Interleukin-35 – Anti-Tumor Immunity
A new study published in the journal Immunity indicates that interleukin (IL)-35 inhibits the recruitment of effector anti-tumor T cells and suppresses their function in the tumor microenvironment.
Regulatory T (Treg) cells specialize in the maintenance of self-tolerance and prevention of autoimmunity, however, they also restrain critical tumor-specific T cell responses.
The ultimate goal of cancer immunotherapy is to tip the balance away from Tregs and toward tumor-specific T cell activity without causing significant adverse events, such as inflammation and autoimmune complications. To enhance cancer immunotherapy, we require a better understanding of the dominant suppressive mechanisms used by Tregs, especially those that might be selectively utilized only within the tumor microenvironment.
A role for Tregs and their secreted cytokines, interleukin-10 (IL-10), and transforming growth factor beta (TGF-β), in T cell exhaustion in tumors and viral infections has been suggested. However, it remains unclear whether Tregs can directly promote exhaustion of antigen-specific T cells. Reversal of CD8+ T cell exhaustion and efficient control of viral load was noted following dual blockade of Tregs and PDL1 or IL-10 and PDL1.
Elucidation of inhibitory molecules that contribute to the suppressive tumor microenvironment, and yet exhibit a limited role in peripheral immune homeostasis, is highly desirable as it might lead to the development of effective, targeted immunotherapies with reduced adverse events.
Tregs suppress effector cells by numerous mechanisms, one of which is secretion of inhibitory cytokines. One such inhibitory cytokine is IL-35.
Interleukin-35 belongs to the IL-12 family of cytokines. It is a dimeric protein composed of two subunits – p35 and EBI3, which are shared with other IL-12 family members, specifically IL-12 and IL-27.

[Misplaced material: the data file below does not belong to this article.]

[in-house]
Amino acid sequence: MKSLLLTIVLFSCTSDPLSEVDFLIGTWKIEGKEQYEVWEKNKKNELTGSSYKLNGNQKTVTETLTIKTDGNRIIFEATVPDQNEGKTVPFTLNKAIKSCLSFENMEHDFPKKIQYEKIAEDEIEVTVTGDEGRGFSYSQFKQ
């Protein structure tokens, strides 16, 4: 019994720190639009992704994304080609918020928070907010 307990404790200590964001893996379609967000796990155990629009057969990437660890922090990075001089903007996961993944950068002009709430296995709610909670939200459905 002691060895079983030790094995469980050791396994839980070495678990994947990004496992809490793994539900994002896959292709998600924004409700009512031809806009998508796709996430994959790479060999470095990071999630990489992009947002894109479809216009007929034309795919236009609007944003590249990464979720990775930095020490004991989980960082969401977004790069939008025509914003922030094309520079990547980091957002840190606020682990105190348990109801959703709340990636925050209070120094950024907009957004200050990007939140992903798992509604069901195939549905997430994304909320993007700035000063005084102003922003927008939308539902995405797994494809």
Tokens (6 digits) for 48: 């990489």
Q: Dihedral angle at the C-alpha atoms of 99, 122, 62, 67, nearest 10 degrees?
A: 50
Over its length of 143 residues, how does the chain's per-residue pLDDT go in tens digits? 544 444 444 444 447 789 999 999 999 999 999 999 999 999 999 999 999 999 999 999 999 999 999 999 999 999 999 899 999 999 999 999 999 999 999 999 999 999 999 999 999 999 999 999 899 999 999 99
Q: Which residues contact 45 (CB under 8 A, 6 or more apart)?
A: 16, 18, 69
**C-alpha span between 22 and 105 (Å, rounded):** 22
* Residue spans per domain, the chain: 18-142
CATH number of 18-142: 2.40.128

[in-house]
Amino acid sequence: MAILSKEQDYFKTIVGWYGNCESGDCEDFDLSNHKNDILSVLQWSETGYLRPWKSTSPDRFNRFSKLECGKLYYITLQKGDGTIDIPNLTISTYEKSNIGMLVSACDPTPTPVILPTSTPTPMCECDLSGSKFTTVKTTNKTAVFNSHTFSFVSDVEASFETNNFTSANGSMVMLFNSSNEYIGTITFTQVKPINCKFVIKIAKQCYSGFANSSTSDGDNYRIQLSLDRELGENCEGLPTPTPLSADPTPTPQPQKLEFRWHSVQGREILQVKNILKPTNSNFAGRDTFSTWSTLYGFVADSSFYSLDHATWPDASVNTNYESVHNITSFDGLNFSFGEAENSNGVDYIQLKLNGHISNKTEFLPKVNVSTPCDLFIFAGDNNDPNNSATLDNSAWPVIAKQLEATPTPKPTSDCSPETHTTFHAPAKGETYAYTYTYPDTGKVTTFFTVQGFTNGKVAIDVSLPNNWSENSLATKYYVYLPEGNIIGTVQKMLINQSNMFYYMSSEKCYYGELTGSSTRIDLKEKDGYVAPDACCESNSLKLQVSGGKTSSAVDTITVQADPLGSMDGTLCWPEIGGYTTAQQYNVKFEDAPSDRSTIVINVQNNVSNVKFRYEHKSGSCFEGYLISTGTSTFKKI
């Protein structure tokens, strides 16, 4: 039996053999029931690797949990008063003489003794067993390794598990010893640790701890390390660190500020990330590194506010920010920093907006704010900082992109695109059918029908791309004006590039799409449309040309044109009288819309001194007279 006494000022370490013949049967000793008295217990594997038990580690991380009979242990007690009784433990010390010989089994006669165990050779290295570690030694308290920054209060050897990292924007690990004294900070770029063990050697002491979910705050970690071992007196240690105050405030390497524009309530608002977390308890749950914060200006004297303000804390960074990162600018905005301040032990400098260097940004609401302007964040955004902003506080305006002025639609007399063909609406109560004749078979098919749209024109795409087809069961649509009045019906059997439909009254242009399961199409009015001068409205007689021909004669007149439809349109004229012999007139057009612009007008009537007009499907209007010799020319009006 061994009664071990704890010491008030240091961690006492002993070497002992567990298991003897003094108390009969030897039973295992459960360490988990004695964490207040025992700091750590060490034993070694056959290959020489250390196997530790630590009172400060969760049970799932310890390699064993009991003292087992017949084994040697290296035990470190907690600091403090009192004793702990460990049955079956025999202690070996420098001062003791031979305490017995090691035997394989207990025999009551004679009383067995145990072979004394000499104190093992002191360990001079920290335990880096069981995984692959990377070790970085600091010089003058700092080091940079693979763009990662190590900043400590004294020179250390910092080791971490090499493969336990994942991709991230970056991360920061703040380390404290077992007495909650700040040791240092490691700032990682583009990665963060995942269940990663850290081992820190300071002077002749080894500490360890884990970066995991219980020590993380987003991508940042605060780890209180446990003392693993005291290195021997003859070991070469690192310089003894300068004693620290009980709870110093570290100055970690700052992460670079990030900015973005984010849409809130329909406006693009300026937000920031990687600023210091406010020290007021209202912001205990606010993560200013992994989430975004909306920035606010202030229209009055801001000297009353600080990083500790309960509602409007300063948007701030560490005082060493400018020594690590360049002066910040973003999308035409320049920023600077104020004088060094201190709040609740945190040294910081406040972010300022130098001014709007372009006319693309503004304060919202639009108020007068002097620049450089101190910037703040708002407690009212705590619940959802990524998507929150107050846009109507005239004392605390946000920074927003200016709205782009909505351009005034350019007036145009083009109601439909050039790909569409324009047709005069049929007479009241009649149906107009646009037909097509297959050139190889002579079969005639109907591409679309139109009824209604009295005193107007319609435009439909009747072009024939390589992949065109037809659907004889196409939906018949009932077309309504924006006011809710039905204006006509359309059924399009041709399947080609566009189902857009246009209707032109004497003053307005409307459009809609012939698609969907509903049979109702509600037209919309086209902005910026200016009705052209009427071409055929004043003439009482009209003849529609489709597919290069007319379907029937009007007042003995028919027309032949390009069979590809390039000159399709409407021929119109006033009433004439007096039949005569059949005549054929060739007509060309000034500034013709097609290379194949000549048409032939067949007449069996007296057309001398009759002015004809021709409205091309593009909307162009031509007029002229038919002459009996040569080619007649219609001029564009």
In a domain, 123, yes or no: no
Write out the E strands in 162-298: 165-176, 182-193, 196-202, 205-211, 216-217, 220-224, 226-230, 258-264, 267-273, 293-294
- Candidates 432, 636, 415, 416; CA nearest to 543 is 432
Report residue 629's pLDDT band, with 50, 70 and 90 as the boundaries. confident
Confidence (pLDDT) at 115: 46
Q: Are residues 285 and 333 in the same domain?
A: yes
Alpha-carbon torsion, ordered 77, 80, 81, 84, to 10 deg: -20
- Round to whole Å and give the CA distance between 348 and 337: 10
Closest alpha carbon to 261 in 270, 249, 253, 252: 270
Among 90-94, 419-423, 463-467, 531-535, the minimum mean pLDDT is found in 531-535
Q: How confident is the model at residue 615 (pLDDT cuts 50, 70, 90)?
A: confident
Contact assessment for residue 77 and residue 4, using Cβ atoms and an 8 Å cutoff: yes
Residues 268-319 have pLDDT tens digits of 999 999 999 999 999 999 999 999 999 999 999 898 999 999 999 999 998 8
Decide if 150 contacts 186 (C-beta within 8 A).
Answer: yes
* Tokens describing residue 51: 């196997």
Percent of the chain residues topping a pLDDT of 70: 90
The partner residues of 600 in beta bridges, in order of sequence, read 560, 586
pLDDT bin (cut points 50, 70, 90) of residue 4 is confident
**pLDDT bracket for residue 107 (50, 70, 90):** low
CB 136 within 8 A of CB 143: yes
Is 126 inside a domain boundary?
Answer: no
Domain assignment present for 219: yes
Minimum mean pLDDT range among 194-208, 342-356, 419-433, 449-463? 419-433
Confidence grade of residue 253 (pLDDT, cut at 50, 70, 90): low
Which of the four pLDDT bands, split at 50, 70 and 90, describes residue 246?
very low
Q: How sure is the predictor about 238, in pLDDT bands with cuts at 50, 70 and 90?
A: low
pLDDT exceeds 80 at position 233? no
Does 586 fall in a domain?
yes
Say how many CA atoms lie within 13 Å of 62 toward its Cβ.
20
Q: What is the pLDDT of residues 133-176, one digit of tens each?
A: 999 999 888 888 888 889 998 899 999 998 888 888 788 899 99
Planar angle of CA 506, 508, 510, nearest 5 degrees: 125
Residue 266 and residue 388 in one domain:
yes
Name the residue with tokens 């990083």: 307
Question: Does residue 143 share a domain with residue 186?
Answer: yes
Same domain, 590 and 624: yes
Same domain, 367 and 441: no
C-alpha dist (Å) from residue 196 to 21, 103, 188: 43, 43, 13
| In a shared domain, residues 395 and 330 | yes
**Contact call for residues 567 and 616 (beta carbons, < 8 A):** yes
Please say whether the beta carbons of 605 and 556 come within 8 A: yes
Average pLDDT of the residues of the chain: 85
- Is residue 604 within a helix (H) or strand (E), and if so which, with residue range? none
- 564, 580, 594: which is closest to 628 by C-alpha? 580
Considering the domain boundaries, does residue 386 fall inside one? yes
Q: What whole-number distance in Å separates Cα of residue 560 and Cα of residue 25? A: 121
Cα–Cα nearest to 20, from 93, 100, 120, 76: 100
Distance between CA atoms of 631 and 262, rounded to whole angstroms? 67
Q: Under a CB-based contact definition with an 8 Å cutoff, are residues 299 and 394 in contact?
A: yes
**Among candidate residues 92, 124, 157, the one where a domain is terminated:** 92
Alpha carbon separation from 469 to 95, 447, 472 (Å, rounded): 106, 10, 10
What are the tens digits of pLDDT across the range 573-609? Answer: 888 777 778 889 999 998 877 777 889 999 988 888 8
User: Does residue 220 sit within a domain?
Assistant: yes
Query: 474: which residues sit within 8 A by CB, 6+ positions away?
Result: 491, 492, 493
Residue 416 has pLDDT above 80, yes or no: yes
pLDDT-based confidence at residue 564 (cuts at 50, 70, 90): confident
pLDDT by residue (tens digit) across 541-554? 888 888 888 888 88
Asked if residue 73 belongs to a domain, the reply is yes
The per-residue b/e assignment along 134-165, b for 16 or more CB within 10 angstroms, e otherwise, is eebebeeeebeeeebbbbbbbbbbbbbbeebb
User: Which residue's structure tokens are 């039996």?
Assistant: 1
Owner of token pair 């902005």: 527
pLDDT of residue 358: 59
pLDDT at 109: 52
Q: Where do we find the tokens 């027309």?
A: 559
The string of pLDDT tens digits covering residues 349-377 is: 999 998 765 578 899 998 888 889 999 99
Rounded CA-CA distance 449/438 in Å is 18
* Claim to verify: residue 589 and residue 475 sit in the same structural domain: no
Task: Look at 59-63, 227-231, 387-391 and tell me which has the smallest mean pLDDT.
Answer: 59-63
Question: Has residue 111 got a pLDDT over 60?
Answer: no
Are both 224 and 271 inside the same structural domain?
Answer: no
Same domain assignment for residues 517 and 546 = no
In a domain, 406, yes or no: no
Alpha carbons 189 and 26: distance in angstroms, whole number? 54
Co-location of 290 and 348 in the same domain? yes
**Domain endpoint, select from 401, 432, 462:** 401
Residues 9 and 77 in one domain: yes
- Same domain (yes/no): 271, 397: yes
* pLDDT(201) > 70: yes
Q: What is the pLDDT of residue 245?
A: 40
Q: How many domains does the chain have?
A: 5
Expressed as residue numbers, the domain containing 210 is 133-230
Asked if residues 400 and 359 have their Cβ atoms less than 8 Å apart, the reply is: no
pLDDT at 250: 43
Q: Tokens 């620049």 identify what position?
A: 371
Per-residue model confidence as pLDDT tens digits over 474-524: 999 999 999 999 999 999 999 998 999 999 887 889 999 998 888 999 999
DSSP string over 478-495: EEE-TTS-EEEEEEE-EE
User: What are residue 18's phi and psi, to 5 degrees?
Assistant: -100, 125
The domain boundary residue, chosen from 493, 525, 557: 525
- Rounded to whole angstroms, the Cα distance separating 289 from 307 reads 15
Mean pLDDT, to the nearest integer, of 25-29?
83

Interleukin-35 is secreted by regulatory T-cells (Tregs) and exerts immunosuppressive effects mostly through an inhibition of T cell proliferation and function.
IL-35 also induces the conversion of conventional T cells into a suppressive, IL-35-producing CD4+Foxp3– induced regulatory T cell population (iTr35 cells). Multiple IL-35+ cell types have been described in tumor-bearing mice and patient samples, and forced expression of IL-35 in the tumor microenvironment can drive enhanced tumor growth. However, the physiological impact of IL-35 on the unmanipulated tumor microenvironment has not been examined and the mechanism by which IL-35 functions in tumors remains obscure.
Over-expression of interleukin-35 has been found in a variety of malignancies and recent research suggests that IL-35 promotes cancer growth by enhancing angiogenesis and inhibiting CD8+ T cells via TGF-β production.
In the Immunity study Meghan Turnis and colleagues from the Departments of Immunology at the University of Pittsburgh and the St. Jude Children’s Research Hospital, Memphis, TN tested the hypothesis that interleukin-35 produced by Tregs contributes substantially to the suppressive tumor milieu and that depletion will enhance tumor-specific immunity.
The authors demonstrate that the tumor microenvironment is characterized by a substantial enrichment of IL-35+ Treg cells.
According to the authors their results suggest that Treg cells are the major, and perhaps, the only source of interleukin-35 in the tumor microenvironment.
Importantly, the study indicates that the tumor-associated interleukin-35 contributes to reduced antigen-specific T cell infiltration, decreased effector immune function and memory, and increased tumor burden.
This is achieved mostly by the T-cell exhaustion in tumors, driven by interleukin-35, as the result of the increased expression of several inhibitory receptors such as PD1, TIM3 and LAG3.
The authors argue that their results may reveal an important and previously unrecognized mechanism for immune evasion – namely, the inflammatory milieu-mediated enrichment of IL-35+ Treg population within the tumor microenvironment.
According to the authors, it is highly likely that IL-35 is more prominently utilized as suppressive mechanism in cancer than in any other inflammatory or autoimmune disease or condition.
Source: Immunity. 2016, 44:316. doi: 10.1016/j.immuni.2016.01.013. Epub 2016 Feb 9.
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